So just what exactly is “happiness”? The most useful definition – and it’s one agreed upon by neuroscientists, psychiatrist, behavioral economists, positive psychologists, and Buddhist monks – is more like satisfied or content than “happy” in its strict bursting-with-glee sense. It has depth and deliberation to it. It encompasses living a meaningful life, utilizing your gifts and your time, living with thought and purpose.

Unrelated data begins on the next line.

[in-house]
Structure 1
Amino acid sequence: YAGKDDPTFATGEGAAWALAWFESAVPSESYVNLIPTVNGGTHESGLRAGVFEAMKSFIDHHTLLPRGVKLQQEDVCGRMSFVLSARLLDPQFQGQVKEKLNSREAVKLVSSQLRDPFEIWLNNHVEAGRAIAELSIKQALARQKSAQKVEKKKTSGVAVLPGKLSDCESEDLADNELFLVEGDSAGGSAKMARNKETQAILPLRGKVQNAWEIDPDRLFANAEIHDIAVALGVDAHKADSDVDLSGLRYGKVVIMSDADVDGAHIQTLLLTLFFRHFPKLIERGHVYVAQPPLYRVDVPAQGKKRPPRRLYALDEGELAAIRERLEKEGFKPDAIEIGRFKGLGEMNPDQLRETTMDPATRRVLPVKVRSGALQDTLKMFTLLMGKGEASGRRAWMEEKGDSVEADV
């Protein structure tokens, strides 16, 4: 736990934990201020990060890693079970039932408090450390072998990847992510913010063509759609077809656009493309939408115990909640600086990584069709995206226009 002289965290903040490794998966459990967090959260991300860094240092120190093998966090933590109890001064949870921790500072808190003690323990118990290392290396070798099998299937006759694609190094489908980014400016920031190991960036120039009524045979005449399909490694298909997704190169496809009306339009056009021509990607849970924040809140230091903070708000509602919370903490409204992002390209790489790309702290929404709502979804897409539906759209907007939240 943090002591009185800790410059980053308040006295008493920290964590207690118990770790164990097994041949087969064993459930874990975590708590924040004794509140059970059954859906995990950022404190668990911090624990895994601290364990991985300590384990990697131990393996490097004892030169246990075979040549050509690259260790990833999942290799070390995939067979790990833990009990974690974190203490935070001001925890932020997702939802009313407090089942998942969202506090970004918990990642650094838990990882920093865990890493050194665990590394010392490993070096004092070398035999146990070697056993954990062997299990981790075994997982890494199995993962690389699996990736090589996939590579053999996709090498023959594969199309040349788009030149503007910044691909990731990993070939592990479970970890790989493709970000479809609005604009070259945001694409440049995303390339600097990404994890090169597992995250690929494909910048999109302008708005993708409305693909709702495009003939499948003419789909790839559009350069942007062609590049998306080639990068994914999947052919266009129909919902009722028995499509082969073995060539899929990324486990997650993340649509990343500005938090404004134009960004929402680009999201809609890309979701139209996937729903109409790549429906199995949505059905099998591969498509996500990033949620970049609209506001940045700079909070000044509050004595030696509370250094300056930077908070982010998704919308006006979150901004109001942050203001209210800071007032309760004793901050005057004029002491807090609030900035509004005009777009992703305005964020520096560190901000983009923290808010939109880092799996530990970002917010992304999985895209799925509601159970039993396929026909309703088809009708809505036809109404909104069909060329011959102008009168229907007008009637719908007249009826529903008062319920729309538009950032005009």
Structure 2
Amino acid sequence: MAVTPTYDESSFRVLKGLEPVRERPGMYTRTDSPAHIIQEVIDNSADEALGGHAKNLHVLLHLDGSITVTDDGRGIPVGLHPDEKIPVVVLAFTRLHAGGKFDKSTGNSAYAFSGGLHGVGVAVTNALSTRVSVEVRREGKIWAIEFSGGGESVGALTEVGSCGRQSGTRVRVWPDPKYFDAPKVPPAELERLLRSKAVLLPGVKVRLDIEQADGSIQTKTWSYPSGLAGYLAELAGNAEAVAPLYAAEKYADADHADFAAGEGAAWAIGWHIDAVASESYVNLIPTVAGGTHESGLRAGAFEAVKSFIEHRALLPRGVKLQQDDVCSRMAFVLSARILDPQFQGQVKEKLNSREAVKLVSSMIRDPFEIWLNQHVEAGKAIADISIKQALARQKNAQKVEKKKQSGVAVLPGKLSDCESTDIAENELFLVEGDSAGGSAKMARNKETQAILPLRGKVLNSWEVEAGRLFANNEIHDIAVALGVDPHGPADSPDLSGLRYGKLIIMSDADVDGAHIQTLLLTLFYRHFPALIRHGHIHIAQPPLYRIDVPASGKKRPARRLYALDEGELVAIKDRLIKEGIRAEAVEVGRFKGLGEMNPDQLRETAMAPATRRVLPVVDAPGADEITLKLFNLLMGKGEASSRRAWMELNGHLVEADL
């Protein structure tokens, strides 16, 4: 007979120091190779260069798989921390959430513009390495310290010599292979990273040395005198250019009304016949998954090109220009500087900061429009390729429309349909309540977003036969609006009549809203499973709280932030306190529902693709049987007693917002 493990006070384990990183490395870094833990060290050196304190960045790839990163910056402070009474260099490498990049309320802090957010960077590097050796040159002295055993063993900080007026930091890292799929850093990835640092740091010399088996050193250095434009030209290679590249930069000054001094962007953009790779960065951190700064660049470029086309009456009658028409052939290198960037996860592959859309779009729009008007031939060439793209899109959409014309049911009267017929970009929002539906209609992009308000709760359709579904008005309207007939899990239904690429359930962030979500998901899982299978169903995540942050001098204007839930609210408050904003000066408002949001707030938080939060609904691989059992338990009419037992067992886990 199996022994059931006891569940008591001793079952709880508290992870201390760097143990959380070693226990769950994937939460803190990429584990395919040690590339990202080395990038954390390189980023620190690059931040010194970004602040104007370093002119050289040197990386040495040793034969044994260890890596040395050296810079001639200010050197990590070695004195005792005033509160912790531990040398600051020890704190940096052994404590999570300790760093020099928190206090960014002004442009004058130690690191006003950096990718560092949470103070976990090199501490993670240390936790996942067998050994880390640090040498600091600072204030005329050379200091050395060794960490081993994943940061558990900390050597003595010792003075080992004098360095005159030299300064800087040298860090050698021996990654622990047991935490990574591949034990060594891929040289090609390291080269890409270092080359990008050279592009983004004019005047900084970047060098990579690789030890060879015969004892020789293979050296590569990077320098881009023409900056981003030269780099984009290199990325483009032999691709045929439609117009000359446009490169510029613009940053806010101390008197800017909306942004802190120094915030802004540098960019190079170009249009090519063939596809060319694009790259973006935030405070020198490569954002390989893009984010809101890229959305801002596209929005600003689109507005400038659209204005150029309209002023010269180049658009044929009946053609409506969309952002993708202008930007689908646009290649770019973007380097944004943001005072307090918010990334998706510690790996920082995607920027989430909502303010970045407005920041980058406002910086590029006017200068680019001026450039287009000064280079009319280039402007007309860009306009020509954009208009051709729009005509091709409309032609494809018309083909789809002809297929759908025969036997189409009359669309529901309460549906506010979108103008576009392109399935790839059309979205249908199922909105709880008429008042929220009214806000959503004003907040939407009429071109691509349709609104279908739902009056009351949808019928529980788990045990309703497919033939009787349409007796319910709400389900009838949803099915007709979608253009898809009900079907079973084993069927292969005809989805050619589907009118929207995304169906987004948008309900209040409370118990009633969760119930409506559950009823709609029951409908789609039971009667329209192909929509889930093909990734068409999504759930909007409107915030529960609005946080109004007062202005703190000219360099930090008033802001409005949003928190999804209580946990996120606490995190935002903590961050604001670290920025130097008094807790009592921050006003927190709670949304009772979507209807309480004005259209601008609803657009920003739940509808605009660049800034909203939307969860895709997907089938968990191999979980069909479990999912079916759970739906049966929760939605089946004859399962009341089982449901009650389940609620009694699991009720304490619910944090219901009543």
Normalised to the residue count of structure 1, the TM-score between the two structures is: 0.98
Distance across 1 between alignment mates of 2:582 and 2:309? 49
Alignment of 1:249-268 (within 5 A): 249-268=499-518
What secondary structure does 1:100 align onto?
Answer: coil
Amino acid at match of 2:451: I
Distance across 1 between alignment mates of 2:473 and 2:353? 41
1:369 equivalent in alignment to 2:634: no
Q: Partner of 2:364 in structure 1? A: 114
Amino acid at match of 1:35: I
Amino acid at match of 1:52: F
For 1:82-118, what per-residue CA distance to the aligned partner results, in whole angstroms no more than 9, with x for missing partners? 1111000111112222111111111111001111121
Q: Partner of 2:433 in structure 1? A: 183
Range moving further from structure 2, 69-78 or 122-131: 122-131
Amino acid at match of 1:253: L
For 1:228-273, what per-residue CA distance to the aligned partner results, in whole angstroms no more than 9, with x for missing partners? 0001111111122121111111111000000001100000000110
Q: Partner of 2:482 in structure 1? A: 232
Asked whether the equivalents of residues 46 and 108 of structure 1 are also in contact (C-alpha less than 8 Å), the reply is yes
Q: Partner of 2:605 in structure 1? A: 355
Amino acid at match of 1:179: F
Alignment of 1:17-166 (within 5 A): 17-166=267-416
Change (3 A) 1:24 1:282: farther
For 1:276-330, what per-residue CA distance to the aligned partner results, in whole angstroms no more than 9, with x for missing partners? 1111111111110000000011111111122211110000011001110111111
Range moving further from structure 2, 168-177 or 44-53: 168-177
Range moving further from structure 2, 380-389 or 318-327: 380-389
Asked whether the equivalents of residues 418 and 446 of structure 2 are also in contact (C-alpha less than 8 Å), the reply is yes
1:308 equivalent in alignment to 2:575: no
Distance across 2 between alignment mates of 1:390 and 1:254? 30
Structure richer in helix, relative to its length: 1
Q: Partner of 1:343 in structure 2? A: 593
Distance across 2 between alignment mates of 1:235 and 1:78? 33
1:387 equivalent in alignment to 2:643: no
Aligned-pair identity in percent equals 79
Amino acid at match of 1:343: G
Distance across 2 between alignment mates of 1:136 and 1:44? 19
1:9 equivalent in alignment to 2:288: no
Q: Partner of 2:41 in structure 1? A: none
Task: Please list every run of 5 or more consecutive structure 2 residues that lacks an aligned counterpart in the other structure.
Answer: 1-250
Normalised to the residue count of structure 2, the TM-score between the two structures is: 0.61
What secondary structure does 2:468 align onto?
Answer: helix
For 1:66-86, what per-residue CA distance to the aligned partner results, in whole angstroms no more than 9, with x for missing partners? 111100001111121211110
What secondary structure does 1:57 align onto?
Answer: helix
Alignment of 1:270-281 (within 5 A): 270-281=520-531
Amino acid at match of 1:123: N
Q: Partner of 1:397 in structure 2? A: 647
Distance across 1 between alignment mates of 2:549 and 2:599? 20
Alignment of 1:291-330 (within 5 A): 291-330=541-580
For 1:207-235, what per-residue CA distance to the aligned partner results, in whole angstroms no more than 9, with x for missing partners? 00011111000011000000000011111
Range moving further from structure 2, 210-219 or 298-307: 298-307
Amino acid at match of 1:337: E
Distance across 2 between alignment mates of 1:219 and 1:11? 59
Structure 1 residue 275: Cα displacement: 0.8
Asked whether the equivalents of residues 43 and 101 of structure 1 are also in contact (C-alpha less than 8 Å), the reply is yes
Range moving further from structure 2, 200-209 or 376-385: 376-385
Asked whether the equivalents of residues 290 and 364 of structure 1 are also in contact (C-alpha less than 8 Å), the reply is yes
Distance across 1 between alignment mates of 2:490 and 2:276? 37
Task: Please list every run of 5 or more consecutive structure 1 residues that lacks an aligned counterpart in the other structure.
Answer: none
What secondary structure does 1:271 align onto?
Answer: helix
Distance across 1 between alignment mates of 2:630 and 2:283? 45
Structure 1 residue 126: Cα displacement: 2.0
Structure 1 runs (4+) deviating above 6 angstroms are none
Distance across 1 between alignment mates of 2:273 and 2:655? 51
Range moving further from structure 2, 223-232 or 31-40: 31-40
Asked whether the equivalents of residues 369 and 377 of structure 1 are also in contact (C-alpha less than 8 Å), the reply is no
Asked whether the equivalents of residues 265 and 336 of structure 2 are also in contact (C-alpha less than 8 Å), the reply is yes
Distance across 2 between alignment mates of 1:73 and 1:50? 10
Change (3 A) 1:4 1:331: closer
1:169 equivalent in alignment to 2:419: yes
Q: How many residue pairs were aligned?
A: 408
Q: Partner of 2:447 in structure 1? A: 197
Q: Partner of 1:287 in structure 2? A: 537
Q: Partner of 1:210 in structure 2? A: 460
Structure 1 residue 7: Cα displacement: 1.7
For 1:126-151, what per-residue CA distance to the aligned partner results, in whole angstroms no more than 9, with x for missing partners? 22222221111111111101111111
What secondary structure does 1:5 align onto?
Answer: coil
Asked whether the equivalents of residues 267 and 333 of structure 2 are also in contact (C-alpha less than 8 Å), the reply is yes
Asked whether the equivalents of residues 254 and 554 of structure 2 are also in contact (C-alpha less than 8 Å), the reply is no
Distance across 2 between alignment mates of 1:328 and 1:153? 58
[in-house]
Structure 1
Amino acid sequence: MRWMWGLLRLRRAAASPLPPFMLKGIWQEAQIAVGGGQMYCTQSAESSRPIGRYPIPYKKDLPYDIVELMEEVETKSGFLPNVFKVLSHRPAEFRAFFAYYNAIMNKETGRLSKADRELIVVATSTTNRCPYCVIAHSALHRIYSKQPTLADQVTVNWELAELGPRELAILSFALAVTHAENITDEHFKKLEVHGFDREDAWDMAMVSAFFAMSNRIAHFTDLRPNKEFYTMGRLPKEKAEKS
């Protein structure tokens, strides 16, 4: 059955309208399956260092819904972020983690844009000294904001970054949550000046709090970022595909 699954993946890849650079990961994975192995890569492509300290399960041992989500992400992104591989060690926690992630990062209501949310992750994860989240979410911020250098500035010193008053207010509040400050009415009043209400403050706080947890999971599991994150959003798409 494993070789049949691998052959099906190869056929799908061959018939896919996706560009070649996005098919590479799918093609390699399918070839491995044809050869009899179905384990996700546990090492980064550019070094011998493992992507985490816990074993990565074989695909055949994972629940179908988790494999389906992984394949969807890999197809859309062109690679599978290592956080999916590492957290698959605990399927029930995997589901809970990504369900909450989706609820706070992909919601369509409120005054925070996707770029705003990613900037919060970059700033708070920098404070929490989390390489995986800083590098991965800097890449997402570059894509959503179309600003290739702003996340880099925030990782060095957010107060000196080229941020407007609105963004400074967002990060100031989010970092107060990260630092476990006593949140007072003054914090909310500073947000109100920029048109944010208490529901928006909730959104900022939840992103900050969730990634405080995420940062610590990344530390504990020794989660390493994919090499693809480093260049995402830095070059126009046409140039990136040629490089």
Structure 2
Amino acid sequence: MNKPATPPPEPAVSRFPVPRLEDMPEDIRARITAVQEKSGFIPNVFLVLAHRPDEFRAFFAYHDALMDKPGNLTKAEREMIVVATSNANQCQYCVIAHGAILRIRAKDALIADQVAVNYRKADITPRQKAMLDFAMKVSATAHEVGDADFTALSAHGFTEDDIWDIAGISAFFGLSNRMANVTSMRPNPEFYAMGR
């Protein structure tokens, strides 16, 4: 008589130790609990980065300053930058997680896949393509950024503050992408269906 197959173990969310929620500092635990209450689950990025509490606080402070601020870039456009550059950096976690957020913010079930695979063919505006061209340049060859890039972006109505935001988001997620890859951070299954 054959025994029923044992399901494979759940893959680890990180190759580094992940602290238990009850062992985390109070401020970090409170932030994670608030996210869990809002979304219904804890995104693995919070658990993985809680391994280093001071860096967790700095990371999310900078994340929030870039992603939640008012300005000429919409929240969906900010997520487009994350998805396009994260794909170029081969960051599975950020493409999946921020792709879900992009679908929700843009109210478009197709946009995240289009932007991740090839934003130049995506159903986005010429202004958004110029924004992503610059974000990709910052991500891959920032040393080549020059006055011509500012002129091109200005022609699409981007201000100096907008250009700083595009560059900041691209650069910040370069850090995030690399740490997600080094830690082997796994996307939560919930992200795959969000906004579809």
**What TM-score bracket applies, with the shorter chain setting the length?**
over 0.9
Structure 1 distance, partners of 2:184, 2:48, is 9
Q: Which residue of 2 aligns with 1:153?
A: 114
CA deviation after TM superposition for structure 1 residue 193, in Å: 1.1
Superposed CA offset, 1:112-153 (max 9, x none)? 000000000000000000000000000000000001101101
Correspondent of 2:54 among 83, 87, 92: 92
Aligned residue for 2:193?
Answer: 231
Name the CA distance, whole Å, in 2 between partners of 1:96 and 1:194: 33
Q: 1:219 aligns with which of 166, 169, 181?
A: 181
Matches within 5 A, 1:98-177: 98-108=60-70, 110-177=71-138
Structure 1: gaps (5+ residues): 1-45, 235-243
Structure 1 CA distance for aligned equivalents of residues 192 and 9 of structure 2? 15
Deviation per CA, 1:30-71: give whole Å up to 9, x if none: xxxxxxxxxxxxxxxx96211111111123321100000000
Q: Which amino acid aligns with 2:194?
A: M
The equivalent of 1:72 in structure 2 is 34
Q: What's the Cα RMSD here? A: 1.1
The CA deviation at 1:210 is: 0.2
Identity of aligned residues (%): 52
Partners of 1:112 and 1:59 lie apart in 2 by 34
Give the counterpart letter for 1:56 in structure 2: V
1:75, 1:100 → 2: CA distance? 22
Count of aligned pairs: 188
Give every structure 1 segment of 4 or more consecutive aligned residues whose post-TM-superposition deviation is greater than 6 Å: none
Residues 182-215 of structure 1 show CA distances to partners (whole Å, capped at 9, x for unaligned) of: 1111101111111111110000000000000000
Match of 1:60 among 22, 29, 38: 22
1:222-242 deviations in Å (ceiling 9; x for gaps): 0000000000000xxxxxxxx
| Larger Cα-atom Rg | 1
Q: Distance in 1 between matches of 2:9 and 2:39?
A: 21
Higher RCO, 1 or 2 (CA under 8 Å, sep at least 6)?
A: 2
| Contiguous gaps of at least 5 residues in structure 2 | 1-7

It’s maximized when you also feel part of a community. And when you confront annoyances and crisis with grace. It involves a willingness to learn and stretch and grow, which sometimes involves discomfort. It requires acting on life, not merely taking it in.
There has been real progress in understanding happiness and how to get it that jumps out from the research.